And under no circumstances should you allow clients to become abusive with you or your staff, McCabe cautioned. “If a client gets irate with someone in your office, stay calm. Talk to them to find out what the problem is as they perceive it.” After you have figured out the problem and everyone is calm again, let the client know that you’re happy to help fix anything that isn’t right, but you insist on civil behavior and a respectful attitude.

“If you have any clients who are truly problems for you and your staff, don’t be afraid to fire them,” he advised. “It’s OK to say no to clients and refer them to someone else if you need to.”

And instead of simply being available all the time, “Adjust your hours so you can divide your days into head-down working time and client-facing time. Then, publicize these hours clearly, but be sure to provide ways prospective clients can reach your office so you don’t lose them to competitors.”

He suggests blocking off quiet hours when clients aren’t as likely to come in, perhaps morning. “That way, working a few nights and weekends doesn’t push you excessively past a normal amount of hours each week. Managing your workload like this will help you and your associates find more balanced schedules while still getting the work done.”

McCabe recommends preparers develop specialties as one way of managing their workload as well as their clients.

“If some preparers like working on individual tax returns but don’t want to work with small businesses, that’s fine. Or perhaps they like helping people who are self-employed, but estate taxes are something they prefer not to get into. Assigning the right returns within an office, or swapping referrals with other offices can improve efficiency. That way, clients will always get the best service for what they need and preparers can be clear about what your best areas are.”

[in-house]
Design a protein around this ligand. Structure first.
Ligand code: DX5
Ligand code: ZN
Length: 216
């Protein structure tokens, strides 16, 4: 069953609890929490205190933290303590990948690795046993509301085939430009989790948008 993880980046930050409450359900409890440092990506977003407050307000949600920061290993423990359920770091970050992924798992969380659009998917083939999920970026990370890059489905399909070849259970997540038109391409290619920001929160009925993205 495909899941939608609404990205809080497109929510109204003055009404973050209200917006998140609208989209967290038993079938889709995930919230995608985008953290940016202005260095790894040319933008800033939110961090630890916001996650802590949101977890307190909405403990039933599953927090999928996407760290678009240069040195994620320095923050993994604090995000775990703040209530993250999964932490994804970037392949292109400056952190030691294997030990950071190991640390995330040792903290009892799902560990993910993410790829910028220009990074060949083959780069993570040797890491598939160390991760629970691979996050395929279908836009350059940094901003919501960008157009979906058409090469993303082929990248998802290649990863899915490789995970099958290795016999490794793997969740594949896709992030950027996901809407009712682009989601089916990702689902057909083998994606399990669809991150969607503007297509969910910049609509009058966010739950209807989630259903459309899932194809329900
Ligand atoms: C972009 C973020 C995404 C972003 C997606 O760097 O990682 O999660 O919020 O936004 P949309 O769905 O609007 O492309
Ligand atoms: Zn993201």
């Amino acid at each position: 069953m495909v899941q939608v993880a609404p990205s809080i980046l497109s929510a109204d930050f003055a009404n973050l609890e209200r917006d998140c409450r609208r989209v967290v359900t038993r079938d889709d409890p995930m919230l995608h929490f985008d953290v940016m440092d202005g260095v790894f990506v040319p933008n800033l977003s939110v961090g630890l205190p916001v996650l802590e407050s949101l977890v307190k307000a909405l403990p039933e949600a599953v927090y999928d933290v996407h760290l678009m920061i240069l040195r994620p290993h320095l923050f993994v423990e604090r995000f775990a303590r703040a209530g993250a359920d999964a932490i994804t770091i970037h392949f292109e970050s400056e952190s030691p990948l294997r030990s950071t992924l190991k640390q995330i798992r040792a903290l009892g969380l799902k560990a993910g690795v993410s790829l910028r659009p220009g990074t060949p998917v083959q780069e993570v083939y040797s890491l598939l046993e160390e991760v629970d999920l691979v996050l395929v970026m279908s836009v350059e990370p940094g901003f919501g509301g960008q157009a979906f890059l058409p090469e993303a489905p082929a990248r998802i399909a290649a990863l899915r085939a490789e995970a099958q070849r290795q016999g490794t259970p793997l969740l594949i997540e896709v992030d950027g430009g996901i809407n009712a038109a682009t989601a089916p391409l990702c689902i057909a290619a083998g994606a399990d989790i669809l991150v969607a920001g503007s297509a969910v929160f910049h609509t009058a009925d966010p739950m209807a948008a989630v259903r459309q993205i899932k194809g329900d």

Managing your clients and their expectations during tax season will make things easier for everyone — but it also has to start before the season even begins.

For starters, McCabe suggests each client be provided with a tax organizer ahead of time, with one for individuals and one for businesses; in most cases these are provided with tax software packages. Even if clients don’t complete them, it gives them an idea of what the preparer will need and how much work the preparer will need to do.

Given that many clients don’t fill out organizers, they should at least respond to a tax appointment checklist, McCabe suggested. “And for returning clients, you might also hand out flex folders with the tax year written on the front where clients can store papers they’ll need each year. These tools make the process much easier.”

McCabe is a fan of preparers having an online client portal for their website. “The tax software provider or a tax industry vendor can provide this,” he said. “It helps that clients can log in and upload important documents, so everything is in one convenient place for everyone to access.”